Another broker offered a similar view.
“Beyond the possible predictability of real estate cycles, we can ascribe our languishing activity to simple uncertainty and a profound sense of national angst,” reported B.J. Adams of Berkshire Hathaway HomeServices in a newsletter last week. “The market never does well in an ambiguous environment or when the future seems in doubt. While it may seem a lame reason, we truly do have the crazy election year to account for this. People are worried about our country and, fearful of troubling times, justified or not, many otherwise capable, serious buyers hesitate to commit to significantly large discretionary purchases — especially in the face of plenty of product on the market.”
The trend has especially pierced the Aspen market, Ernemann noted in a newsletter issued last week.
“Through the end of July there were 12 single family home closings in Aspen by way of comparison there were 22 closings in Snowmass Village during the same time period and 10 closings in Woody Creek/Old Snowmass,” he reported.
Aspen-area sellers also appear to be patient and aren’t dropping their prices, Ernemann and Benvenuto said, even when inventory is high and sales are low. That translates to a market that favors neither buyers nor sellers.
As of July 31 this year, 426 Aspen properties had been listed for sale, 16.7 percent higher than the 365 listed during the first seven months of 2015, according to Ernemann’s report.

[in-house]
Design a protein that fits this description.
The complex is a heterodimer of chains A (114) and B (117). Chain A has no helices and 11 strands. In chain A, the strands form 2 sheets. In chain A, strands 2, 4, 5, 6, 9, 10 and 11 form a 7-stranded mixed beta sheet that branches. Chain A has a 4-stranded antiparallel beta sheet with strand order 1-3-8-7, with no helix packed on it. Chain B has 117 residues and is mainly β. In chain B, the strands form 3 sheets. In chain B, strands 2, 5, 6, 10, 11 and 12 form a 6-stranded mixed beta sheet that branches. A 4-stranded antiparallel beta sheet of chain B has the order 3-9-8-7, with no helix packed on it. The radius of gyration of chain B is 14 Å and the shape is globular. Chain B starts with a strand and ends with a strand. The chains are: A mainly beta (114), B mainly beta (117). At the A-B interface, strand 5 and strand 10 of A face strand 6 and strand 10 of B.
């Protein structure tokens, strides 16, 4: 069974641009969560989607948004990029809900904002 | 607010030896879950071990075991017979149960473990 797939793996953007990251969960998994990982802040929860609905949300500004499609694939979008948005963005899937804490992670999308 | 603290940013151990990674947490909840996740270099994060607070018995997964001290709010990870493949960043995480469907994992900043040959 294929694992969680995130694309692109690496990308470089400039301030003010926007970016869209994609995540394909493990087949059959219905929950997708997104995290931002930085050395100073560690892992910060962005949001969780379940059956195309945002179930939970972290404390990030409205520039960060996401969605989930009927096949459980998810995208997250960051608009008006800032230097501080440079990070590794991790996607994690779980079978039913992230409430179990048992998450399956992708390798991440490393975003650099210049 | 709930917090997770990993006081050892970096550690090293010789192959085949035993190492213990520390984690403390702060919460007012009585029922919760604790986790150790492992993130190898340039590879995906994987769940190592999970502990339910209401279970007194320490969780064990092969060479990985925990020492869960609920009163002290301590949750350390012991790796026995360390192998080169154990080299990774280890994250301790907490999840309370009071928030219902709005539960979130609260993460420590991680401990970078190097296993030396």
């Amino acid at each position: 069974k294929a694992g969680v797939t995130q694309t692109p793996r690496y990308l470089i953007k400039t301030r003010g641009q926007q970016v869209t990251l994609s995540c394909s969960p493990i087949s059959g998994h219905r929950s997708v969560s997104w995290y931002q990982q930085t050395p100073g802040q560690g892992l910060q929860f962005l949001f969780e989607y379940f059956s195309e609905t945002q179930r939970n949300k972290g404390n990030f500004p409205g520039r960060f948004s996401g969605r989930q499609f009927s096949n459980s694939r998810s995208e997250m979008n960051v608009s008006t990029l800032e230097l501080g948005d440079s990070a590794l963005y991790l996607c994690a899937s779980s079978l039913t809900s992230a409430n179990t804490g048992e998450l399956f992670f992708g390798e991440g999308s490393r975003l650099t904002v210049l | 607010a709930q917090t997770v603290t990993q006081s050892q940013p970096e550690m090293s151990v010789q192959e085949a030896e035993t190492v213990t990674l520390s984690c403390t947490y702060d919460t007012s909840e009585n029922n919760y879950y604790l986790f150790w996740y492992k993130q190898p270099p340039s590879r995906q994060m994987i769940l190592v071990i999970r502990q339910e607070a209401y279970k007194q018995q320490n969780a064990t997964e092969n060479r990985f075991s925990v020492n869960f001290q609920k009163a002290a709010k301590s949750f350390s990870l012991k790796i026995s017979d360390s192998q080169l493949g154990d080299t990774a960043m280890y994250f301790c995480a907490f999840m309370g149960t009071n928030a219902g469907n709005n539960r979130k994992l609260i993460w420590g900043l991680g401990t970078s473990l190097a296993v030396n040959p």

“We really need some sort of market correction where prices flatten out or a price correction,” Ernemann told The Aspen Times. “But that’s the Aspen conundrum: You always have a vast majority of sellers where there’s not a financial need to sell.”
During the Great Recession, homeowners were more motivated to sell their properties.
“We’re just not seeing the wholesale price reductions like we saw after the recession,” Benvenuto said. “But I’m not seeing price increases, either.”
The median home sale price was $5.1 million through the first six months of the year, compared with $4.4 million for the same period in 2015, according to the Aspen Board of Realtors.
At the same time, this year’s decline in sales is even more curious because Aspen is having a solid year in terms of retail and lodging, Ernemann said.
“We’re very busy, and people are confident, and they’re vacationing in Aspen,” he said. “But I think when you get to that next tier of spending, that’s where it’s different.”
Aspen set a record in July with paid occupancy of 83 percent, according to Stay Aspen Snowmass President Bill Tomcich, while February through July lodging outpaced the same period last year by 1.4 percent. And for the first six months of the year, Aspen’s 65 percent occupancy rate for lodges was the state’s highest among ski towns.
Aspen retailers also enjoyed sales of nearly $344 million from January through July, a 4 percent improvement over last year, city finance records show.
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Carrie Besnette Hauser considers her position as president of Colorado Mountain College to be a dream job.